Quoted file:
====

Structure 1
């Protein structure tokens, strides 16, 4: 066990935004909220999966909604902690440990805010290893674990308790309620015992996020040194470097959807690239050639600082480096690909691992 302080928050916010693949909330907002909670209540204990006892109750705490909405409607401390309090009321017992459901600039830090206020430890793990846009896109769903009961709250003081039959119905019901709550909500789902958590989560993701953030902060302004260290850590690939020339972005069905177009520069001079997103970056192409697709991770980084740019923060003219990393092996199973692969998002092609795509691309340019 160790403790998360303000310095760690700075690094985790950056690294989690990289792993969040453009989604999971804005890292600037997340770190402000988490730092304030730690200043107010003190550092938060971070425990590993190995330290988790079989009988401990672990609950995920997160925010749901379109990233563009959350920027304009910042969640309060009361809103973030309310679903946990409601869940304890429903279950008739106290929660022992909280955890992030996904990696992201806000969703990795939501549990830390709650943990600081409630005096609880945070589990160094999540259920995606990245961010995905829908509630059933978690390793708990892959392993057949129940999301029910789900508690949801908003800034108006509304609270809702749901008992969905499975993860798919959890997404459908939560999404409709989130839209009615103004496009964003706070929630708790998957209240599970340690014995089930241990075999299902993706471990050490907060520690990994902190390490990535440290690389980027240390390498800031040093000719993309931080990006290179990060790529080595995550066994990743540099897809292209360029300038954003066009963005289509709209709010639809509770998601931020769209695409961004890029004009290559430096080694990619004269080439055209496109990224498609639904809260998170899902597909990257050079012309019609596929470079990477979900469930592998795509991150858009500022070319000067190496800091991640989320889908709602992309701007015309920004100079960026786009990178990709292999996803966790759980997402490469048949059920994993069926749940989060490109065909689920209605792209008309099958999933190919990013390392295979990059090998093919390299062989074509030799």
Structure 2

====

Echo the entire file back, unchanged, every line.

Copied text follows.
Structure 1
């Protein structure tokens, strides 16, 4: 066990935004909220999966909604902690440990805010290893674990308790309620015992996020040194470097959807690239050639600082480096690909691992 302080928050916010693949909330907002909670209540204990006892109750705490909405409607401390309090009321017992459901600039830090206020430890793990846009896109769903009961709250003081039959119905019901709550909500789902958590989560993701953030902060302004260290850590690939020339972005069905177009520069001079997103970056192409697709991770980084740019923060003219990393092996199973692969998002092609795509691309340019 160790403790998360303000310095760690700075690094985790950056690294989690990289792993969040453009989604999971804005890292600037997340770190402000988490730092304030730690200043107010003190550092938060971070425990590993190995330290988790079989009988401990672990609950995920997160925010749901379109990233563009959350920027304009910042969640309060009361809103973030309310679903946990409601869940304890429903279950008739106290929660022992909280955890992030996904990696992201806000969703990795939501549990830390709650943990600081409630005096609880945070589990160094999540259920995606990245961010995905829908509630059933978690390793708990892959392993057949129940999301029910789900508690949801908003800034108006509304609270809702749901008992969905499975993860798919959890997404459908939560999404409709989130839209009615103004496009964003706070929630708790998957209240599970340690014995089930241990075999299902993706471990050490907060520690990994902190390490990535440290690389980027240390390498800031040093000719993309931080990006290179990060790529080595995550066994990743540099897809292209360029300038954003066009963005289509709209709010639809509770998601931020769209695409961004890029004009290559430096080694990619004269080439055209496109990224498609639904809260998170899902597909990257050079012309019609596929470079990477979900469930592998795509991150858009500022070319000067190496800091991640989320889908709602992309701007015309920004100079960026786009990178990709292999996803966790759980997402490469048949059920994993069926749940989060490109065909689920209605792209008309099958999933190919990013390392295979990059090998093919390299062989074509030799």
Structure 2